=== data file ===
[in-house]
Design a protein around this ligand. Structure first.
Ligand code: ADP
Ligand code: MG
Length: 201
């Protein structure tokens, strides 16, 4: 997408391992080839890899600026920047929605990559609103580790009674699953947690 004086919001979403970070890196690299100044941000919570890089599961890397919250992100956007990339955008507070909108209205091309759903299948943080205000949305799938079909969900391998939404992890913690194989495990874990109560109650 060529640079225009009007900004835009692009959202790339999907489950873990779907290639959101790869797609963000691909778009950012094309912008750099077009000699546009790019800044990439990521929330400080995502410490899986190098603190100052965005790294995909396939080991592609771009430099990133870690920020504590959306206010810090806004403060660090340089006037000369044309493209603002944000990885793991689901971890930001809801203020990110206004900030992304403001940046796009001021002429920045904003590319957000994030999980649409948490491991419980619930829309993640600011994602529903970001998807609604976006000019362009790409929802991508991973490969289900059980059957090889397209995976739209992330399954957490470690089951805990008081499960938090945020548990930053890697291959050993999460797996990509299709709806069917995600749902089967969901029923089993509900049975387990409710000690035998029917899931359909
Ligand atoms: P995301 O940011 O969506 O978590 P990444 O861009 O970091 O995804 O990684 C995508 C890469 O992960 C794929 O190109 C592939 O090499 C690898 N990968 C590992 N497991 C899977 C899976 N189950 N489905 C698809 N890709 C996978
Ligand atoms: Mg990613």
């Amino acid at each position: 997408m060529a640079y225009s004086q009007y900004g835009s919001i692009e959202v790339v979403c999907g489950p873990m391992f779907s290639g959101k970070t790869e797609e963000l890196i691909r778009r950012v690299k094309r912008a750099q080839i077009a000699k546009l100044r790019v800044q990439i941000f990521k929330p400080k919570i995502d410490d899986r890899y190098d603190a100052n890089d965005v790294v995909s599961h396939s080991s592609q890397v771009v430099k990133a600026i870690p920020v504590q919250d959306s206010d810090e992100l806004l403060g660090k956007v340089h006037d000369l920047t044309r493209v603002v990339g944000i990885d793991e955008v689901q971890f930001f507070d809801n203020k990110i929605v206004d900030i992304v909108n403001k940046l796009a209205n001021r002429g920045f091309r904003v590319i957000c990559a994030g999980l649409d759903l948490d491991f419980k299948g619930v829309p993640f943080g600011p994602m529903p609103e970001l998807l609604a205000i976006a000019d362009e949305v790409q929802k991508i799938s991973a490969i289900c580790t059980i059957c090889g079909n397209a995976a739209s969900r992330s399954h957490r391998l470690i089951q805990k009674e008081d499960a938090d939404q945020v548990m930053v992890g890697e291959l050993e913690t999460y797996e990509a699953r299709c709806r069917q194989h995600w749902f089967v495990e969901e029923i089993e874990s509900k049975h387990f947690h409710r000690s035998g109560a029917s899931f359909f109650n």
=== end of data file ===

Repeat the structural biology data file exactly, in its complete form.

[in-house]
Design a protein around this ligand. Structure first.
Ligand code: ADP
Ligand code: MG
Length: 201
């Protein structure tokens, strides 16, 4: 997408391992080839890899600026920047929605990559609103580790009674699953947690 004086919001979403970070890196690299100044941000919570890089599961890397919250992100956007990339955008507070909108209205091309759903299948943080205000949305799938079909969900391998939404992890913690194989495990874990109560109650 060529640079225009009007900004835009692009959202790339999907489950873990779907290639959101790869797609963000691909778009950012094309912008750099077009000699546009790019800044990439990521929330400080995502410490899986190098603190100052965005790294995909396939080991592609771009430099990133870690920020504590959306206010810090806004403060660090340089006037000369044309493209603002944000990885793991689901971890930001809801203020990110206004900030992304403001940046796009001021002429920045904003590319957000994030999980649409948490491991419980619930829309993640600011994602529903970001998807609604976006000019362009790409929802991508991973490969289900059980059957090889397209995976739209992330399954957490470690089951805990008081499960938090945020548990930053890697291959050993999460797996990509299709709806069917995600749902089967969901029923089993509900049975387990409710000690035998029917899931359909
Ligand atoms: P995301 O940011 O969506 O978590 P990444 O861009 O970091 O995804 O990684 C995508 C890469 O992960 C794929 O190109 C592939 O090499 C690898 N990968 C590992 N497991 C899977 C899976 N189950 N489905 C698809 N890709 C996978
Ligand atoms: Mg990613």
């Amino acid at each position: 997408m060529a640079y225009s004086q009007y900004g835009s919001i692009e959202v790339v979403c999907g489950p873990m391992f779907s290639g959101k970070t790869e797609e963000l890196i691909r778009r950012v690299k094309r912008a750099q080839i077009a000699k546009l100044r790019v800044q990439i941000f990521k929330p400080k919570i995502d410490d899986r890899y190098d603190a100052n890089d965005v790294v995909s599961h396939s080991s592609q890397v771009v430099k990133a600026i870690p920020v504590q919250d959306s206010d810090e992100l806004l403060g660090k956007v340089h006037d000369l920047t044309r493209v603002v990339g944000i990885d793991e955008v689901q971890f930001f507070d809801n203020k990110i929605v206004d900030i992304v909108n403001k940046l796009a209205n001021r002429g920045f091309r904003v590319i957000c990559a994030g999980l649409d759903l948490d491991f419980k299948g619930v829309p993640f943080g600011p994602m529903p609103e970001l998807l609604a205000i976006a000019d362009e949305v790409q929802k991508i799938s991973a490969i289900c580790t059980i059957c090889g079909n397209a995976a739209s969900r992330s399954h957490r391998l470690i089951q805990k009674e008081d499960a938090d939404q945020v548990m930053v992890g890697e291959l050993e913690t999460y797996e990509a699953r299709c709806r069917q194989h995600w749902f089967v495990e969901e029923i089993e874990s509900k049975h387990f947690h409710r000690s035998g109560a029917s899931f359909f109650n």